Children born of enslaved Yazidi women have nowhere to go.
Barfe Farho buried her face in Maria's soft brown curls and savoured the smell of her 11-month-old daughter one last time.
Exhausted and traumatised after years as a slave under Isil, she handed little Maria over to the strangers who told her it would be for the best.
Farho, a Yazidi kidnapped by the Islamic State (Isil) in Syria, was faced with an impossible choice: give up the daughter born of her jihadist captor or be rejected on her return to her community with all three of her children.
"I could either give two of my children a good life, or a bad one to all three," Farho told The Sunday Telegraph at a rescue centre for Yazidis.
Hundreds of Yazidi women have been forced into a Sophie's Choice dilemma after the fall of Isil earlier this year. Their babies have now vanished into orphanages dotted along the war-ravaged northeast of Syria and beyond.
Thousands of Yazidi girls and women were captured from their homeland in Sinjar, northern Iraq, in 2014 and sold into sexual slavery by Isil, which considered them infidels because of their monotheistic beliefs. Many of them died, some thought to be buried in mass graves still being discovered.
Most survivors have been allowed to returned to Yazidi communities. But their children born under Isil are still considered Muslim under the patriarchal Yazidi religion and Iraqi law - and thus will not be accepted back into the Yazidi diaspora.
Farho, 26, was captured while five months pregnant, along with husband Jalal and infant son Jegar.
For the first 10 months, she was held with Jalal, Jegar and newborn Jan in a "sorting house" in Tel Afar, northern Iraq. But one day Jalal was taken away with a group of other men. She has not heard from him since.
Farho and the boys were passed around until they ended up with a Chechen commander, Maria's father.
She was rescued in early March, at which point she only had her sons. She did not mention the daughter taken from her just days earlier.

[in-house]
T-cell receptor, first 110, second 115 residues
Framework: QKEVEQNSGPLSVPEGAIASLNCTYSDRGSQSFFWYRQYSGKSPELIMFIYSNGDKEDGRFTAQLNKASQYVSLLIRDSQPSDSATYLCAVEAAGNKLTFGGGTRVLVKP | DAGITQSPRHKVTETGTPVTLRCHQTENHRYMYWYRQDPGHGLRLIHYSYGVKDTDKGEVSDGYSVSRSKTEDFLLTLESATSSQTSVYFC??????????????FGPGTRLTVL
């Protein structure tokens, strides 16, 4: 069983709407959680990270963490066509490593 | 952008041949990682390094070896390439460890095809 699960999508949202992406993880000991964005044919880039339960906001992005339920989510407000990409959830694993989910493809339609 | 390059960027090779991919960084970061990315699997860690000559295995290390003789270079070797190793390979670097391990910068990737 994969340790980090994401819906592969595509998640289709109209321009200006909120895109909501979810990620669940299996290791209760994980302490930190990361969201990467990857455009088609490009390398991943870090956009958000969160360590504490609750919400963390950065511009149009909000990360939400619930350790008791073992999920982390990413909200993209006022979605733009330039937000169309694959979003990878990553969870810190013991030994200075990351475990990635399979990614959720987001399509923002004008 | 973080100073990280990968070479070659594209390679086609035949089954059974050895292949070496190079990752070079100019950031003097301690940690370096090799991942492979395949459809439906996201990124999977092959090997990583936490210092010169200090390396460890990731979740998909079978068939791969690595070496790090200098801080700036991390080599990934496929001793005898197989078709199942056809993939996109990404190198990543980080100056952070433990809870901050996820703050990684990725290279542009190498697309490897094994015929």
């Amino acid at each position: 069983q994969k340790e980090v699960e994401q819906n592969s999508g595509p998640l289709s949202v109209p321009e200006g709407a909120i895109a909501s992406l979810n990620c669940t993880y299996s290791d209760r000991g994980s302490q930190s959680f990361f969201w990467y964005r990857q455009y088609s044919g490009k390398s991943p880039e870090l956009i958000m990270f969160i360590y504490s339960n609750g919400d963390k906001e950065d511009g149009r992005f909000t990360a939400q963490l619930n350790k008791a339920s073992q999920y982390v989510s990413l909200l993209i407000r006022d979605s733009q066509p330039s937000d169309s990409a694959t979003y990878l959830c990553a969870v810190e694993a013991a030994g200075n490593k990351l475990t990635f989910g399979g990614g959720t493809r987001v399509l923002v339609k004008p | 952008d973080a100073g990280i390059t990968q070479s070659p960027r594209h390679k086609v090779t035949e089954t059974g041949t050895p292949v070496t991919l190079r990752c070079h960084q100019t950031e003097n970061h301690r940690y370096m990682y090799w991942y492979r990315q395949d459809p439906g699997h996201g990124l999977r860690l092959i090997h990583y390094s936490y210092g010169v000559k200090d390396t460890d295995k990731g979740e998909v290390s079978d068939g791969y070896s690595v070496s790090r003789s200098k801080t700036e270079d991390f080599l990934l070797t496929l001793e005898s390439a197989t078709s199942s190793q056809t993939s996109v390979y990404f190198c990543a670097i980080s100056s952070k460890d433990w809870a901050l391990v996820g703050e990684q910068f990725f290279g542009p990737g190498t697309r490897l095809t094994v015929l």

It was only once back in Iraq that she felt able to speak about the loss.
Since then she has stayed at her brother's house in Shekhan, Iraqi Kurdistan, where Yazidis displaced from the now destroyed Sinjar have temporary homes.
Reacclimatising has been hard. It has been particularly challenging for the boys, who have no memory of life before Isil.
While Jan appears relatively well-adjusted, Jegar is deeply affected.
"He's not well," Farho says. "He saw too many things."When she brings up Maria, Jegar, who is clutching his mother's arm, begins screaming: "Are you talking about my sister? Where is she? Where is she?" He refuses to leave her side, fearing he, too, could disappear.
"I wish the third one was here," says Farho, finding it difficult to say her name.
"She is part of me. What happened was not my fault. I never chose this. I was told that she couldn't be accepted because she would always be a 'daughter of Daesh'."
The women have reopened wounds the community had been trying desperately to heal. Under Isil they were forced to convert to Islam.
The Yazidis, who have faced persecution in Iraq for generations, have closely guarded their religion as a means of preservation. But faced with the loss of their dwindling population, Yazidi elders decreed in 2014 that women and girls could be religiously "purified" and welcomed back.
Then in April this year, the Yazidi Higher Spiritual Council issued a statement that suggested they would be willing to accept the children too. But it was retracted the next day following pressure from conservative sheikhs, who said they would be too painful a reminder of the atrocities these children's fathers had visited upon their people.
Farho does not even have pictures of Maria, who was taken to an orphanage in northern Syria.
"The worst part is she won't even know that she had a mother who loved her very much," she says.
Farho was rescued with Jihan Khero who was only 13 when she was captured. Young, but not young enough to be spared Isil's barbarity.
She had three children with three fathers, all Isil fighters who passed the 18-year-old around like a commodity to be traded. The first, a son Qaqa, two years old, has an Iraqi father, year-old daughter Joaliya, a Syrian, and four-month-old Hafza, a Tunisian.
She thought she would be able to stay in contact with the children when she made the wrenching decision to hand them over, but her extended family discouraged her from doing so.